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The National Safety Council eliminates preventable deaths at work, in homes and communities, and on the road through leadership, research, education and advocacy.
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In 2018, 52 children died in hot cars. It was the deadliest year on record in the past 20 years. Since 1998, almost 800 children have died from vehicular heatstroke; 24% occurred in employer parking lots while the parent or caregiver was at work. Parents and caregivers can act immediately to end these preventable deaths.
Educate yourself and everyone you know about this danger. The National Safety Council offers a free online course about the danger of vehicular heatstroke in children, the three primary circumstances that have led to children dying and what we all can do to prevent these deaths. One child is too many.
Complete and share this training now. A certificate of completion is provided at the end of the training.
Circumstances resulting in pediatric vehicular heatstroke deaths (1998-2018). Source: NoHeatStroke.org.
Even on mild or cloudy days, temperatures inside vehicles can reach life-threatening levels. Leaving windows slightly open doesn't help. Children should never be left unattended or be able to get inside a vehicle.
Three primary circumstances resulting in deaths of children in hot cars are:
NSC advises parents and caregivers to stick to a routine and avoid distractions to reduce the risk of forgetting a child. Place a purse, briefcase or even a left shoe in the back seat to force you to take one last look before walking away. Keep car doors locked so children cannot gain access, and teach them that cars are not play areas. There is no safe time to leave a child in a vehicle, even if you are just running a quick errand.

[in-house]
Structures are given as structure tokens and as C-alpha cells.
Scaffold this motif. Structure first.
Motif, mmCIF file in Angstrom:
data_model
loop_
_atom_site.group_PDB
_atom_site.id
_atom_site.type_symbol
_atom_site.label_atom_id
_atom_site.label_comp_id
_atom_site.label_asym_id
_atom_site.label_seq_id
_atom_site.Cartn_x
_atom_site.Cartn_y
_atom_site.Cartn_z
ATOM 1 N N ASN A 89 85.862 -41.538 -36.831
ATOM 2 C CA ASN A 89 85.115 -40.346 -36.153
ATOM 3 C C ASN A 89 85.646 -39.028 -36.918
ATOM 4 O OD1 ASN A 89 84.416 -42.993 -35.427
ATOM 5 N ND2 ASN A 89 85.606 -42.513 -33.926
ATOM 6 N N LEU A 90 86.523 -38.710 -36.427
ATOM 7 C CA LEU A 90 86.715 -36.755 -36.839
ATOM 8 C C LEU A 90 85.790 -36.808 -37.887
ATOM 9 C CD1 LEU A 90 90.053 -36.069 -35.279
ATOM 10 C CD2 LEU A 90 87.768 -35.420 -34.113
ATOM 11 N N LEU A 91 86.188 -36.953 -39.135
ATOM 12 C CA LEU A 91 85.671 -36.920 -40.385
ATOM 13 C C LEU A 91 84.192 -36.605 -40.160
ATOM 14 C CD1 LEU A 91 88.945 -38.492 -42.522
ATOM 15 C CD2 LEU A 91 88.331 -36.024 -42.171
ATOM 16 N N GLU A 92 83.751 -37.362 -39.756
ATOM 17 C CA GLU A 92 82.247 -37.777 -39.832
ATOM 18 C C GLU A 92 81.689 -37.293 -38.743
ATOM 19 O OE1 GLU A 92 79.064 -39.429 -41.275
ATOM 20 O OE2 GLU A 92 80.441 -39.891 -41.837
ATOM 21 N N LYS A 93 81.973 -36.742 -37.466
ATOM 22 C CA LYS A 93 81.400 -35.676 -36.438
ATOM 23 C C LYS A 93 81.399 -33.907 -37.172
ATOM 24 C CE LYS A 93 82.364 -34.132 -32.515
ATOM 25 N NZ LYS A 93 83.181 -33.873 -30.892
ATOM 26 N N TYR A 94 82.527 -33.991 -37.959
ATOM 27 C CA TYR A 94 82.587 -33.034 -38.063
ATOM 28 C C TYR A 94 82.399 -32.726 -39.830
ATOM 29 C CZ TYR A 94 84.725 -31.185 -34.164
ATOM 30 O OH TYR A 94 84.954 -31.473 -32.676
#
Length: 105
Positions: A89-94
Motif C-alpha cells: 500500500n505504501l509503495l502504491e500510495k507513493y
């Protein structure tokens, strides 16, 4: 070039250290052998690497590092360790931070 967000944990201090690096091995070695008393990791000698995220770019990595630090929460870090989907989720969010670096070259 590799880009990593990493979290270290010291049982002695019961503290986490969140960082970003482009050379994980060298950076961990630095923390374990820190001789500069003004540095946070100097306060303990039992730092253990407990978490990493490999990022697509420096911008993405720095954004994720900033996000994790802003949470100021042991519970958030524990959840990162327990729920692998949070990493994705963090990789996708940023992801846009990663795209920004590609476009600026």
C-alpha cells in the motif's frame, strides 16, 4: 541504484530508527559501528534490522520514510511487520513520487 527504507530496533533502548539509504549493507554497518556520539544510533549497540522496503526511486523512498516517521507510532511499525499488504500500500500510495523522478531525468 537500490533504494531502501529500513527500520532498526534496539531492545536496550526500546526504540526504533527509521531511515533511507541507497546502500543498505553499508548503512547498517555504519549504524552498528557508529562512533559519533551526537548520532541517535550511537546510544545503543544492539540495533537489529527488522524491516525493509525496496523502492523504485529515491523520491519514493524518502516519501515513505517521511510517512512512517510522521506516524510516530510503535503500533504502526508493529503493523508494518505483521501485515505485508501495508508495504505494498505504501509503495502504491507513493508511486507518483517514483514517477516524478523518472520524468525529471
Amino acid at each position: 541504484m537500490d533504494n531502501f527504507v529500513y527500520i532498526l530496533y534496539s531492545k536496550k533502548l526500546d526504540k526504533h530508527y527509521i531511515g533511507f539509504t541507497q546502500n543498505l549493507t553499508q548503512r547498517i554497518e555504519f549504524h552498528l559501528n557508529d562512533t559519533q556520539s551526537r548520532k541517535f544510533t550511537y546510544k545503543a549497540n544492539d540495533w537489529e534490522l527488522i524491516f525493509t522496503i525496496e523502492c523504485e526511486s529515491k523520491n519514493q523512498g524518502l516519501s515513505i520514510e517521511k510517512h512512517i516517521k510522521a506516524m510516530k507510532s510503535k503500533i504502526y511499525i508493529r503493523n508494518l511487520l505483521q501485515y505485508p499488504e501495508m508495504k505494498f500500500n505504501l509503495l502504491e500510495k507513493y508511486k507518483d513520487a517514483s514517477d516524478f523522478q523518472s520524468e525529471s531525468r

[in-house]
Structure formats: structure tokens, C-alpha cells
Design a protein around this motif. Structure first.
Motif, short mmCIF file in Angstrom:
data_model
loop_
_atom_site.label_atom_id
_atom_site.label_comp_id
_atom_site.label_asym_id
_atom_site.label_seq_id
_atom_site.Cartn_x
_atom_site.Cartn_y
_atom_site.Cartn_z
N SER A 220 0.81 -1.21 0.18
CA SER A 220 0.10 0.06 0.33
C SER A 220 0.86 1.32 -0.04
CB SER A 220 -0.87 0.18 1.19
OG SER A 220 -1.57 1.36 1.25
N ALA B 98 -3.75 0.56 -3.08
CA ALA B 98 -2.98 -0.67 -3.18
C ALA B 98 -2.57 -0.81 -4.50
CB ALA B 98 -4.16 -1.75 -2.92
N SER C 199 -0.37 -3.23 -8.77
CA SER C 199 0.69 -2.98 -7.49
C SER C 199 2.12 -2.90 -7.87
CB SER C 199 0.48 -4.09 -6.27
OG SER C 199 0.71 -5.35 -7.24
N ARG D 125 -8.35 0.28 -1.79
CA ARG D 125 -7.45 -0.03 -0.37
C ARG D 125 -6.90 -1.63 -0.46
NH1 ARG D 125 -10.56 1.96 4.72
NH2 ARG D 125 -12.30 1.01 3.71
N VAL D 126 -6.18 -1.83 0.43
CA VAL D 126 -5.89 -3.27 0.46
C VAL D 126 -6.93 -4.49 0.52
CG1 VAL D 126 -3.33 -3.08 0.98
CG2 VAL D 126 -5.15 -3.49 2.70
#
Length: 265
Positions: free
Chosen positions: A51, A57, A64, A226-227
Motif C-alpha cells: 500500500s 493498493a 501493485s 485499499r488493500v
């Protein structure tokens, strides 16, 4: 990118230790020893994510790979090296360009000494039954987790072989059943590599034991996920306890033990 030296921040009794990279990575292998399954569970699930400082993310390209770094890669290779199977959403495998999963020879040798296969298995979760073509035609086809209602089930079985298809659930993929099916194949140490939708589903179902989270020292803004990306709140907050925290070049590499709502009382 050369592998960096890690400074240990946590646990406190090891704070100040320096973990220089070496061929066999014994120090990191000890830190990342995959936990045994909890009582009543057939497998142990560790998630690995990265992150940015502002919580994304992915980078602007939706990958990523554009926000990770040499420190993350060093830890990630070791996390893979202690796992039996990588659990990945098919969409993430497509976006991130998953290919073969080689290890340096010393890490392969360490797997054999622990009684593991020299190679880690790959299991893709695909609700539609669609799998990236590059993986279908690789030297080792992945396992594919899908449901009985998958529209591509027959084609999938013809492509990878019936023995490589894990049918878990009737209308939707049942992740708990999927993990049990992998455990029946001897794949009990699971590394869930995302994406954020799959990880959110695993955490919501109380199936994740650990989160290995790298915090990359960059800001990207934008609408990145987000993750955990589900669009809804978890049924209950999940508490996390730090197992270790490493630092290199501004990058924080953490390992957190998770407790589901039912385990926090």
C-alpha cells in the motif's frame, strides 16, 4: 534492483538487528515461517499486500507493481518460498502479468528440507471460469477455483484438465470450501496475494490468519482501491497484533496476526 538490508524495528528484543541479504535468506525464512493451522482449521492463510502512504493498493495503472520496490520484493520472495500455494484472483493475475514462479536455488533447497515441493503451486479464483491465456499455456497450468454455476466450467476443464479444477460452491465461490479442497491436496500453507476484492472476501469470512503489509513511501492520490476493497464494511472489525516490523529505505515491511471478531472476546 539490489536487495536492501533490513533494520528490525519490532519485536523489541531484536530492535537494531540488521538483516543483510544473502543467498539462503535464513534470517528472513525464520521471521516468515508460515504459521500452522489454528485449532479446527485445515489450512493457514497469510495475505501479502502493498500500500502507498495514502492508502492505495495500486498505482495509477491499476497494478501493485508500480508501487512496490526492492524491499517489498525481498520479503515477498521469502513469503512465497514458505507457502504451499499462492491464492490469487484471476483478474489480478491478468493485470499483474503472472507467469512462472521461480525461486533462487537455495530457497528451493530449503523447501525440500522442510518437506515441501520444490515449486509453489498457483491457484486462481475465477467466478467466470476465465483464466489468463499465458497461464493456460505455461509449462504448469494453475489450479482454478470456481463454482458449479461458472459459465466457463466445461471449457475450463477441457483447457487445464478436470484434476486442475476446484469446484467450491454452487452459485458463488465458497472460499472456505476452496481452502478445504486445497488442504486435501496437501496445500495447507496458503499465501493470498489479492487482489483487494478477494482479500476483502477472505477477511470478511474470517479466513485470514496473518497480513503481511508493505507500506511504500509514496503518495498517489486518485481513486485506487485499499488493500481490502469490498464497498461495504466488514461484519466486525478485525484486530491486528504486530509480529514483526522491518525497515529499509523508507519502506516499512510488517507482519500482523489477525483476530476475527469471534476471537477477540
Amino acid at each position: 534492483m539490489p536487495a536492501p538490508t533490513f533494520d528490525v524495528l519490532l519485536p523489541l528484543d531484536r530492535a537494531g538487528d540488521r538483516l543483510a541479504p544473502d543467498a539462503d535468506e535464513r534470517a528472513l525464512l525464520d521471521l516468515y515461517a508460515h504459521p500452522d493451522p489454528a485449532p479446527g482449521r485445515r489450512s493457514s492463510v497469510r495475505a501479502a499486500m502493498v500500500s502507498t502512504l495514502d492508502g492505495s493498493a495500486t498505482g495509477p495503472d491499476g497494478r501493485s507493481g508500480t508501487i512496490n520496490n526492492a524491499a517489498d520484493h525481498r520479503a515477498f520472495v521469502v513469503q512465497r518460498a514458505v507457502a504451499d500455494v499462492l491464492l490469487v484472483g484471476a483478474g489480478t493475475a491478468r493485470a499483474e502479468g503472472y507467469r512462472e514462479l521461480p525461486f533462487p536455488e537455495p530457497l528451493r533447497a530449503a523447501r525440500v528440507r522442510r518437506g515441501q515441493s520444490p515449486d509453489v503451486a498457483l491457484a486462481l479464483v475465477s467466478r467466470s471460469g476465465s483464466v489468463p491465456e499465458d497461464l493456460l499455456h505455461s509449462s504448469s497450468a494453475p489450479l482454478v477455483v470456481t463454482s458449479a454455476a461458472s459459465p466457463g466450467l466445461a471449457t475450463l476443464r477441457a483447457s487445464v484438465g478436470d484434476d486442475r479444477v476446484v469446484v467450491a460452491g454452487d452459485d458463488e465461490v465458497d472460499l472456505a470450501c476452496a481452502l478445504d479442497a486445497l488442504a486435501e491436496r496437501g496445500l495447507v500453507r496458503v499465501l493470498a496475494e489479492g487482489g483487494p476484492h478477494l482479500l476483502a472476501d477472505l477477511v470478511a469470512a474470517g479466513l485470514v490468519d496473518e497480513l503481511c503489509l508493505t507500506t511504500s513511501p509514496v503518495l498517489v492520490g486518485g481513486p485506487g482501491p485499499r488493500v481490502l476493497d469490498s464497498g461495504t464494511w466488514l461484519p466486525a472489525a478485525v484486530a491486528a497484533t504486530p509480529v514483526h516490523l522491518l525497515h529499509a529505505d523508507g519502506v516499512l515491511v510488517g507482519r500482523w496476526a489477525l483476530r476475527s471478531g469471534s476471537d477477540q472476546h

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In 2018, NSC released a groundbreaking report on pediatric vehicular heatstroke (PVH) titled, Kids in Hot Cars; a Legislative Look Across the U.S.
In an effort to better understand and document this risk, NSC works with partner experts, including Jan Null, a certified consulting meteorologist and adjunct professor at San Jose State University. Mr. Null has been tracking child deaths resulting from vehicular heatstroke since 1998, and his work provides the basis for data and information in this report.
The objectives of the report are to:
The report also features a first-hand account of a father who lost his beloved daughter.
As of the end of 2018, an average of 38 children die needlessly this way every year, and it can happen to anyone. Please read and share this life-saving information.
NSC supports efforts to use technology to prevent children from being forgotten in vehicles. Without offering an endorsement of any vehicle or product, NSC provides the following information as examples to help parents and guardians protect their most precious passengers:
Hold On to Dear Life is a campaign of Primary Children's Hospital.
Learn about one father's experience and what he is doing to raise awareness about the dangers of leaving kids in hot cars. Then, test yourself. Take the SaferCar.gov quiz: How Much Do You Know About Preventing Child Heatstroke?
The National Safety Council eliminates preventable deaths at work, in homes and communities, and on the road through leadership, research, education and advocacy. Donate to our cause.
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